HC Deb 06 March 1835 vol 26 cc604-57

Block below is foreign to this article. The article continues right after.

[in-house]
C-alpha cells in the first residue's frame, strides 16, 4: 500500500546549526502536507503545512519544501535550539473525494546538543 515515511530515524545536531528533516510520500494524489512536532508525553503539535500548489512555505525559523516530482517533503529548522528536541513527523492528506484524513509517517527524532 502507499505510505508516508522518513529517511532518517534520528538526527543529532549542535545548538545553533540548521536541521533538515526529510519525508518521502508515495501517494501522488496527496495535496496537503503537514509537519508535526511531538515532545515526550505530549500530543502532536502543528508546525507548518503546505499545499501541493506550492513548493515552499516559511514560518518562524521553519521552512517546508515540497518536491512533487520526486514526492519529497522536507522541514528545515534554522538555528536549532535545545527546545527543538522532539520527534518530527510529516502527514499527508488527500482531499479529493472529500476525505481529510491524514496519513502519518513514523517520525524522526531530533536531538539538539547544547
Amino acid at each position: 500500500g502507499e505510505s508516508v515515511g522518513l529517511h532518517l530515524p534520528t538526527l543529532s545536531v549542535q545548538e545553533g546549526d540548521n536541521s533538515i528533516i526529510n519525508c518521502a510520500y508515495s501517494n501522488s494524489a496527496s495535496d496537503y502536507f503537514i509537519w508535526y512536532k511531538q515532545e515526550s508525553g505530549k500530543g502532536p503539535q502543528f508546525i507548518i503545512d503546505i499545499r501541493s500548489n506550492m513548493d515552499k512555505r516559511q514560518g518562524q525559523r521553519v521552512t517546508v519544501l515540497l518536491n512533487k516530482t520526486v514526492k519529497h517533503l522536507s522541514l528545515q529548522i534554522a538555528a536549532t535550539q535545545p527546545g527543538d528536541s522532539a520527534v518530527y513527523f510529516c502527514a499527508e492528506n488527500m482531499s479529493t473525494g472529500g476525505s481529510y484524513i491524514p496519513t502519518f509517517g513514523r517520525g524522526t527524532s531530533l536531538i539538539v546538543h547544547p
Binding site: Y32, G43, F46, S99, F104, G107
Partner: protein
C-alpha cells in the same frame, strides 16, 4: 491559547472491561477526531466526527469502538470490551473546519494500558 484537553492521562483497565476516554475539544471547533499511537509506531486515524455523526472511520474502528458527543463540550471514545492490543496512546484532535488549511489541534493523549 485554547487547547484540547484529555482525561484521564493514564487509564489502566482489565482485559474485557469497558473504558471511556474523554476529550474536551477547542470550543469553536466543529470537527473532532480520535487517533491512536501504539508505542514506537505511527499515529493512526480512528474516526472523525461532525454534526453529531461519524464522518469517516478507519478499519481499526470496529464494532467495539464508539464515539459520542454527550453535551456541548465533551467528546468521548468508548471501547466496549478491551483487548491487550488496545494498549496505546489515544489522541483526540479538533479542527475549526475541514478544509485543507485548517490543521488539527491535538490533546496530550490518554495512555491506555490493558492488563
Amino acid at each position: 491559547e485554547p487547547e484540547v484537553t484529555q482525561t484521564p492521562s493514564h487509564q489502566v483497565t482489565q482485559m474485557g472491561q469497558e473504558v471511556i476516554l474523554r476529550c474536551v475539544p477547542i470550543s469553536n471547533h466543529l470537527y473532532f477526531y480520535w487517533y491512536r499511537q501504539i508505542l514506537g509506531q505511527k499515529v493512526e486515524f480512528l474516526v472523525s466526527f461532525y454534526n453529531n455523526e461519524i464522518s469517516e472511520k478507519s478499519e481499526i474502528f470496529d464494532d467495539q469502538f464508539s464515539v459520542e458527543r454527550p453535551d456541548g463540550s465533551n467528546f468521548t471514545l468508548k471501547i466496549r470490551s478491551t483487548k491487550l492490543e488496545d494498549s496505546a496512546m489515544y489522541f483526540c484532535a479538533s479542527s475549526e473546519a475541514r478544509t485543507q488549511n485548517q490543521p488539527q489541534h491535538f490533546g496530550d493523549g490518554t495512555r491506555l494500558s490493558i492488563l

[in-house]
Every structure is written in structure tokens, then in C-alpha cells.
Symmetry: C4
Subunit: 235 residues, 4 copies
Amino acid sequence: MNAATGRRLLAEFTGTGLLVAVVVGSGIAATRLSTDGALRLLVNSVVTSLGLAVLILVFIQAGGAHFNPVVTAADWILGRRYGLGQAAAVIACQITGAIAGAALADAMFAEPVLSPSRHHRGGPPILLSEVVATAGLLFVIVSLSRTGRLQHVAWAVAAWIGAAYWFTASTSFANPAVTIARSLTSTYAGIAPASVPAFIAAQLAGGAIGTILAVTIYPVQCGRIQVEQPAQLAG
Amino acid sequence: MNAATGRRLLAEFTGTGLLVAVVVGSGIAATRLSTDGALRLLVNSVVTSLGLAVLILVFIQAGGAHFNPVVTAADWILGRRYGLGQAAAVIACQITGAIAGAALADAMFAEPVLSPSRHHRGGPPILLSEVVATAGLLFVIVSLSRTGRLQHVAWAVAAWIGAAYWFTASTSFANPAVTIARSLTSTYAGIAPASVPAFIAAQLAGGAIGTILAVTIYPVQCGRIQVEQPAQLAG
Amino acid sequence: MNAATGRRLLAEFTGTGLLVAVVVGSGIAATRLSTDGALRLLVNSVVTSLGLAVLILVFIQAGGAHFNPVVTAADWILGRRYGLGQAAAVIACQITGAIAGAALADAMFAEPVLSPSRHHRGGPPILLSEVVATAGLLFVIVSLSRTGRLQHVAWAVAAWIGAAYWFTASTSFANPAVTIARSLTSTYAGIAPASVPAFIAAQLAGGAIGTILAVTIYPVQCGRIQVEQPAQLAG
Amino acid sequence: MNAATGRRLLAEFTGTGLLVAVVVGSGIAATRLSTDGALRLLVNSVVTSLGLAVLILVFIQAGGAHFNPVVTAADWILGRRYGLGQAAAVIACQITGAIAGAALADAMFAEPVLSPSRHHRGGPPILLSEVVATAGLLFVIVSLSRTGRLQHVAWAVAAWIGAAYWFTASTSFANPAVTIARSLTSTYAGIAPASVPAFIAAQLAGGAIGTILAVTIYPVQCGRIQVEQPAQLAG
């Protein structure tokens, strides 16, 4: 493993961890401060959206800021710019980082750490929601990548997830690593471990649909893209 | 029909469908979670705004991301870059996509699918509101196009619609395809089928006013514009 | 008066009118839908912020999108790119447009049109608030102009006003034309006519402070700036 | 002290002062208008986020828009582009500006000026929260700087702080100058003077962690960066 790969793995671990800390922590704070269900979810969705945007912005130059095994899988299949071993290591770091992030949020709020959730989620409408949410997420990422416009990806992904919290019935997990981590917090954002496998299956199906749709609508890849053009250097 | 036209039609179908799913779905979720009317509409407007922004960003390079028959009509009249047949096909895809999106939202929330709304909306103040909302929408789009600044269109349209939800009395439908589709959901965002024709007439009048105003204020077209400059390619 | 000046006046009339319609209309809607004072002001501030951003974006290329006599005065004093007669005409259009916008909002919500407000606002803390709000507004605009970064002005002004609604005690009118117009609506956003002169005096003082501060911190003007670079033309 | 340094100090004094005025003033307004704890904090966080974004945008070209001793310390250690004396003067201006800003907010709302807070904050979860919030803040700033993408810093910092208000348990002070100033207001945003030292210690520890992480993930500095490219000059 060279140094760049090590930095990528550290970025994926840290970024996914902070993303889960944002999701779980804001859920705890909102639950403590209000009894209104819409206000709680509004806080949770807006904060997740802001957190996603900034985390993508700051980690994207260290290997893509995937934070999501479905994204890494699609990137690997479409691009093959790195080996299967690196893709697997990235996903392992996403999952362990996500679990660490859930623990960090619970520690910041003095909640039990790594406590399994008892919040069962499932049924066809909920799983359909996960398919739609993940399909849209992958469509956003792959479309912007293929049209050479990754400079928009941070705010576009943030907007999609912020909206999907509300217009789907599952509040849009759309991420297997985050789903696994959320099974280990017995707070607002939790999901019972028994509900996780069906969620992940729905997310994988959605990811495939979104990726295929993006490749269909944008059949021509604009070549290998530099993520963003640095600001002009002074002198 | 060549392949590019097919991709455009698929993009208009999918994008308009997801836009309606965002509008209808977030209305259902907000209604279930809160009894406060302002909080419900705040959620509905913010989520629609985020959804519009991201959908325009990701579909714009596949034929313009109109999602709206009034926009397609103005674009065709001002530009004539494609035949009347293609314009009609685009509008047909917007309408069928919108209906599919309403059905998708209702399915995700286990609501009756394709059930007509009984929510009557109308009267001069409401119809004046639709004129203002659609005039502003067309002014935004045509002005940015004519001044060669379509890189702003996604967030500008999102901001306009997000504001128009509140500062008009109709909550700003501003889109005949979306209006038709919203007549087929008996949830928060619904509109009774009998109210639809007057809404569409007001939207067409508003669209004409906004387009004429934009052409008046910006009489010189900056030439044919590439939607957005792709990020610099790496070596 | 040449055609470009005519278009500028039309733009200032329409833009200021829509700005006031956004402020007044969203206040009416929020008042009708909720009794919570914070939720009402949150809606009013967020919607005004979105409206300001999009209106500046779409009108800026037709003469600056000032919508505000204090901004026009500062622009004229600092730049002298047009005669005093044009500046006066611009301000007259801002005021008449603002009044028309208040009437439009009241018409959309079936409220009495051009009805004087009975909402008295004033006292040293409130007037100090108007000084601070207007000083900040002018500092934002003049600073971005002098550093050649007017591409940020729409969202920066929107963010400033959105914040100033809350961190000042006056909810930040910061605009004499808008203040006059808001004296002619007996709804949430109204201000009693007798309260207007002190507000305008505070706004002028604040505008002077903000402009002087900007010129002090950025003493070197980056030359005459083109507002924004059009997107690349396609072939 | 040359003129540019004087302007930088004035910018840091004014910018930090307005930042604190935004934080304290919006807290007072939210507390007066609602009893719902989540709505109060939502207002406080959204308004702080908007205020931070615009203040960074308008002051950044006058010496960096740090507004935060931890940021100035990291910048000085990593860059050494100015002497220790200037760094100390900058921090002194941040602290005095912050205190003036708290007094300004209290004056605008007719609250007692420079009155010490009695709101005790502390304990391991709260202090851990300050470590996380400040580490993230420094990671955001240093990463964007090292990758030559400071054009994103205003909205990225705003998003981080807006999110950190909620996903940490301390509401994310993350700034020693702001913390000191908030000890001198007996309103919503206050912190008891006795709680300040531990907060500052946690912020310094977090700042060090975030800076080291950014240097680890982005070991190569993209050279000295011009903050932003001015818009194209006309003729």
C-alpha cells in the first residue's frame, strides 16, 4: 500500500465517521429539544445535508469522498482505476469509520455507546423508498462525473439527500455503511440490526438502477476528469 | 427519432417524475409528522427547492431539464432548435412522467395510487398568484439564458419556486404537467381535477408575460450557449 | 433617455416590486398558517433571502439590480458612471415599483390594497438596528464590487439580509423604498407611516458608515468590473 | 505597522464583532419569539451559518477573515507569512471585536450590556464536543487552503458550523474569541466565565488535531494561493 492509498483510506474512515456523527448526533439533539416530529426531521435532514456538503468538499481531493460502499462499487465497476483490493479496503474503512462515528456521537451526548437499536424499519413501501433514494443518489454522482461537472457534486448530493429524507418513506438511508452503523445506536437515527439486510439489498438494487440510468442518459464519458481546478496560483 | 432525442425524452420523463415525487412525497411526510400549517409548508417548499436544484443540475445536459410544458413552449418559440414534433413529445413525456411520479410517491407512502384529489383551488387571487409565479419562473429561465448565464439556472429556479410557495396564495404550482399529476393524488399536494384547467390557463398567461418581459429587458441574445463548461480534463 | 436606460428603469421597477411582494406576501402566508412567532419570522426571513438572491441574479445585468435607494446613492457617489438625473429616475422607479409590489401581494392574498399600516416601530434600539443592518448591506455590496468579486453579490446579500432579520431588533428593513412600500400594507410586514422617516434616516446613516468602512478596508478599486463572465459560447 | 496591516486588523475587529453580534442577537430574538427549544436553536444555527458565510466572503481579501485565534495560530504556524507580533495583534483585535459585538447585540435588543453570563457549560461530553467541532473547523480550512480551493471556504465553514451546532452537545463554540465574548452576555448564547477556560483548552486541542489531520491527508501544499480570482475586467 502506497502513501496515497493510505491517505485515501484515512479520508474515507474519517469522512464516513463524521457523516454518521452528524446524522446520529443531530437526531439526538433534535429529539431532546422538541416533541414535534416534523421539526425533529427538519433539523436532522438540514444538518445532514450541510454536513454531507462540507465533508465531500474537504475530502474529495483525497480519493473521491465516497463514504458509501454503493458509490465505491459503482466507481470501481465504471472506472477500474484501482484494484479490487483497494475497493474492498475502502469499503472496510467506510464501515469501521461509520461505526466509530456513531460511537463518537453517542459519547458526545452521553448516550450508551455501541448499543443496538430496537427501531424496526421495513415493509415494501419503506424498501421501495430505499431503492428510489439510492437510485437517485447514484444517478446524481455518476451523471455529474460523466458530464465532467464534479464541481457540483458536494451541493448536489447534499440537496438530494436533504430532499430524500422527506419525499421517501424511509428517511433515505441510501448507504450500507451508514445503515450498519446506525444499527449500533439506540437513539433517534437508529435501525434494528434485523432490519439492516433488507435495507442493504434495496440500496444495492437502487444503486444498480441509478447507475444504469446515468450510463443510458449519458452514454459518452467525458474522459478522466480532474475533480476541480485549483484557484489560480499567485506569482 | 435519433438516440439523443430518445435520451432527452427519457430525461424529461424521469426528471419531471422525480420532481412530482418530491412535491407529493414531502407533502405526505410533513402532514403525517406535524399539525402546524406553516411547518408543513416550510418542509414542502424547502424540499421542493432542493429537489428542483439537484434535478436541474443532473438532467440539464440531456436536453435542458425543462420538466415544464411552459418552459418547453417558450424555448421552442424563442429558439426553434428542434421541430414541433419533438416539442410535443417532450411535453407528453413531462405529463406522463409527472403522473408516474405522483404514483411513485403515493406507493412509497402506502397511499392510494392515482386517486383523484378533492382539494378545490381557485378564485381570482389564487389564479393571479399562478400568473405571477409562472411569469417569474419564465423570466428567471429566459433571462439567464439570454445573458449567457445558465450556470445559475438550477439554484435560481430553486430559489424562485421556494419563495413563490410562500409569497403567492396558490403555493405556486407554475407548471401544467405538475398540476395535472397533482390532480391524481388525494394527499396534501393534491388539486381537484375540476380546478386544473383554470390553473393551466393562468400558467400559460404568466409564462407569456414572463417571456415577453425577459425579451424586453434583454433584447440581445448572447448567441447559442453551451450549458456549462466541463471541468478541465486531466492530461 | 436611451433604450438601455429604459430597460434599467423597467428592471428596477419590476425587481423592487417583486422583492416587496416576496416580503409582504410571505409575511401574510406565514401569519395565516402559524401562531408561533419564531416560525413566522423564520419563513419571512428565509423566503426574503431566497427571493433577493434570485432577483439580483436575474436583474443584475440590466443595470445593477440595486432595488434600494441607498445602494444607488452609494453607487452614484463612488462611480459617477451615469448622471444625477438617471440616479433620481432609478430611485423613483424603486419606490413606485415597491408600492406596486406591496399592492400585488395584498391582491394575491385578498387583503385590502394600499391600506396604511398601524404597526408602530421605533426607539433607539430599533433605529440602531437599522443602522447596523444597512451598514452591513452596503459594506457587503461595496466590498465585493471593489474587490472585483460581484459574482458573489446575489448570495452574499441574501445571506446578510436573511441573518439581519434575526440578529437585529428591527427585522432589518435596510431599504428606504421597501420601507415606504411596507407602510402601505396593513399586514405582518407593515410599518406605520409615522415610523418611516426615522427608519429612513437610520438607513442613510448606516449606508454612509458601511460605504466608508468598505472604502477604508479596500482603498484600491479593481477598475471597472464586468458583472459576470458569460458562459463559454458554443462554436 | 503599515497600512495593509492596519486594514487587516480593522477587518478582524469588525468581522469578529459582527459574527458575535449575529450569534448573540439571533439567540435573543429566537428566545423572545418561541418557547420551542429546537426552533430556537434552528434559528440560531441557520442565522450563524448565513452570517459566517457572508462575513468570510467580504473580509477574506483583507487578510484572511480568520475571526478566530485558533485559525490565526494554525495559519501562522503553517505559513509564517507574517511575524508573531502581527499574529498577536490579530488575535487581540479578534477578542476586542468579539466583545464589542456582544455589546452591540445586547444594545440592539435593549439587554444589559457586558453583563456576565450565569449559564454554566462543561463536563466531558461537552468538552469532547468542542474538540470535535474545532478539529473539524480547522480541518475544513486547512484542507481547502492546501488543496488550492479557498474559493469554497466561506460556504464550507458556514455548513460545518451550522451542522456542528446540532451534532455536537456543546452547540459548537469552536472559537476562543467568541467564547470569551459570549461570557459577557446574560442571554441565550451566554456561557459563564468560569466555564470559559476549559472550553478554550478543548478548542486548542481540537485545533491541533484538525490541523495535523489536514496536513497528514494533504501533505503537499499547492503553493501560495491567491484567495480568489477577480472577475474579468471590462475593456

Mr. Shell rose to move that there be laid before the House copies of the letter written by Lord Manners to the Reverend Mr. Johnson respecting the legality of Orange Societies, and of the opinion of the Attorney and Solicitor-General respecting such legality, given in the year 1827; also of the Address to the King of the Royal Luther Lodge, of the Down Orange Lodges, of the Trinity College Orange Lodge, and of the Orangemen of the County and City of Dublin, at a meeting held on the 5th of December last, and of the answers to the said addresses. He would first direct the attention of the House to the legality of Orange Societies, regarding which some doubt had been entertained on Wednesday evening, the Government having insisted that there had been no express opinion on that subject; and, on that ground, the Secretary for the Home Department had, if not vindicated, at least excused his having answered, and thereby recognised the Orange institutions. This subject had been brought before the House in the year 1813, by a Member of the present Cabinet (Mr. Wynn), who had moved for an inquiry into certain illegal Societies, called Orange, in Ireland. Upon that occasion, Mr. Canning and Lord Castlereagh concurred in deprecating the existence of those calamitous confederacies; and, if the Secretary for the Home Department concurred with them, it was matter of surprise that to those Societies, upon a recent occasion, he should have thought it becoming to give an answer. Again, in 1827, a discussion on the legality of these Lodges arose in the House of Commons, upon a motion of Mr. Brownlow regarding a procession in Lisburne. On that occasion, the present Secretary for the Home Department had referred to two official documents, for copies of which he now moved. The first was the opinion of the then Attorney and Solicitor-General. It might be urged that with the opinion of Mr. Plunket, on a political subject, it would be hard to exact acquiescence from the existing Administration. But Mr. Joy, who was not a Whig Chief Baron, although he was Chief Baron to the Whigs, coincided. The opinion was adopted by Lord Manners, who, in a letter to a Magistrate on the strength of that opinion, declared the Orange Societies to be illegal. He owed it to justice to state, that in the debate which arose on that occasion, the right hon. Baronet, the Chancellor of the Exchequer, had declared, that so far from approving of Orange meetings and Lodges, if he were a resident in Ireland, he would use all the means in his power to produce their total extinction. To the production of the documents to which he had alluded, he could see no objection. Their existence could not be disputed. He should proceed, having thus established the illegality of Orange Lodges, to compare the conduct of the Government since their recent formation, with regard to the Orangemen of Ireland, with the opinions which they had formerly expressed, and for that purpose he should lay before the House a detail of some of the most remarkable addresses which had been presented to his Majesty, and which had received the Ministerial sanction, and also advert to some of the incidents which took place at the meetings where those addresses were passed; the first to which he should advert, was the address of the Luther Club, which derived its name from the father of the Reformation, although his tenets and those of the Church of England, did not essentially agree. He should read the following extract from a paper which was regarded as the organ of the Orangemen of Ireland:—”Evening Mail, Dec. 3, 1834. On Friday last the second meeting of the Royal Luther Lodge, No. 1483, was held; the first meeting for the purpose of formation, election of officers, &c., having taken place on the 10th of November, the anniversary of the birth of their illustrious patron, Martin Luther, A. D. 1483: hence the name and number of the Lodge. On the present occasion, the assemblage of visitors from grand, county, and private Lodges, was very great, and the effect produced on the members of this rising Lodge was cheering in the extreme, there being besides the Earl of Roden and Lord Cole, Deputy Grand Masters of Ireland, the senior Grand Chaplain of the Institution, the Grand Chaplains of the county and city of Dublin, the Grand Masters of the county and city of Waterford, the Deputy Grand Secretary and Treasurer of Ireland, &c., and many members of private Lodges. Among the latter, the kind attentions of Trinity College grand district were most apparent, whose fostering care of infant institutions, like the one we treat of, will qualify her for the name she bears. The Constitutional Calvin Lodge, 1509, also sent representatives, to give their colleagues, the Lutherans, an impetus in the noble cause. Six gentlemen having been introduced, were duly initiated into the solemn mysteries of the Orange order. An Address was then read and passed unanimously to the King.” He wanted the answer to that Address. The next extract which he should read, was from the Evening Mail of December 8.—”Orange Institution—grand aggregate meeting of the Orangemen of the county and city of Dublin, to address the King, at the Merchants’-hall, Wellington Quay, Dublin, Friday, December 5, 1834.”—At half-past seven the right hon. the Lord Mayor entered the room. His Lordship was greeted with three distinct rounds of applause. “On the motion of the Grand Master of Trinity College, Dublin, seconded by the Secretary of 1483 Royal Luther Lodge” in the third resolution it was declared that “they will shed the last drop of their blood in the defence of the Protestant institution.” The fourth resolution was as follows:—’Resolved, that an Address be prepared, embodying the sentiments expressed in the foregoing Resolutions, to be presented to his most gracious Majesty, as the address of his faithful and attached subjects, the Orangemen of the county and city of Dublin.'” It was at this meeting that the Lord Mayor presided, and thus the highest civic functionary (with whom a few days after the Lord Lieutenant thought it expedient to dine) had given his countenance to all that befel at the assembly. The mere fact of his attending there was offensive to the Irish public, but at the meeting an incident occurred which rendered his attendance more deplorably conspicuous, and which served to illustrate the feelings and character of the audience convened on that occasion. It might be thought, or, if not thought, it might be suggested, that the utterance of a few inflammatory verses at a public assembly ought to be regarded as rather ridiculous and absurd than highly censurable, and that a bad ballad ought not to be brought in evidence against those who had received it with preposterous applause. Let the House, however, be just. When the Coercive Bill was brought forward, the noble Lord to whom so much of its merits was to be assigned, the late Secretary for the Colonies, amidst shouts of acclamation read, in proof of the moral and political state of Ireland, and of the expedients by which the agitators worked on the mind of Ireland—a ballad, the burthen of which related to the planting the standard of liberty on the Mountain of Shevenomaun. He did not recollect the verses, but they related to the Member for Dublin, who was designated as “the Glorious Dan!” The poetry seemed to make in the House a strong impression; but surely if the character of one party was to be collected from a silly ballad, sung—no one knew where or by whom—an invocation to warfare, thrown into metre, and recited by a Protestant Clergyman, before thousands of his fierce confederates, and in the presence of the chief magistrate of the metropolis, must be regarded as affording some intimation of the state of feeling which had been awakened in his ferocious auditory. A few nights ago, his Friend, the Member for Dungarvon had glanced at this truculent effusion, which was as atrocious as it was preposterous, but he had contented himself with referring to the words, “Keep your powder dry!” He would beg leave to read the whole poem, as it appeared in The Evening Mail, as repeated by a Christian minister:— “The power that led his chosen, by pillared cloud and flame,” “Through parted sea and desert waste,—that power is still the same:” “He fails not to the loyal hearts that firm on him rely;” “So put your trust in God, my boys, and keep your powder dry.” “The power that nerved the stalwart arms of Gideon’s chosen few—” “The power that led great William, Boyne’s reddening torrent through:” “In his protecting aid confide, and every foe defy;” “Then put your trust in God, my boys, and keep your powder dry.” “For happy homes, for altars free, we grasp the ready sword—” “For freedom, truth, and God’s unmutilated word:” “These, these, the war-cry of our march; our hope the Lord on high!” “Then put your trust in God, my boys, and keep your powder dry.”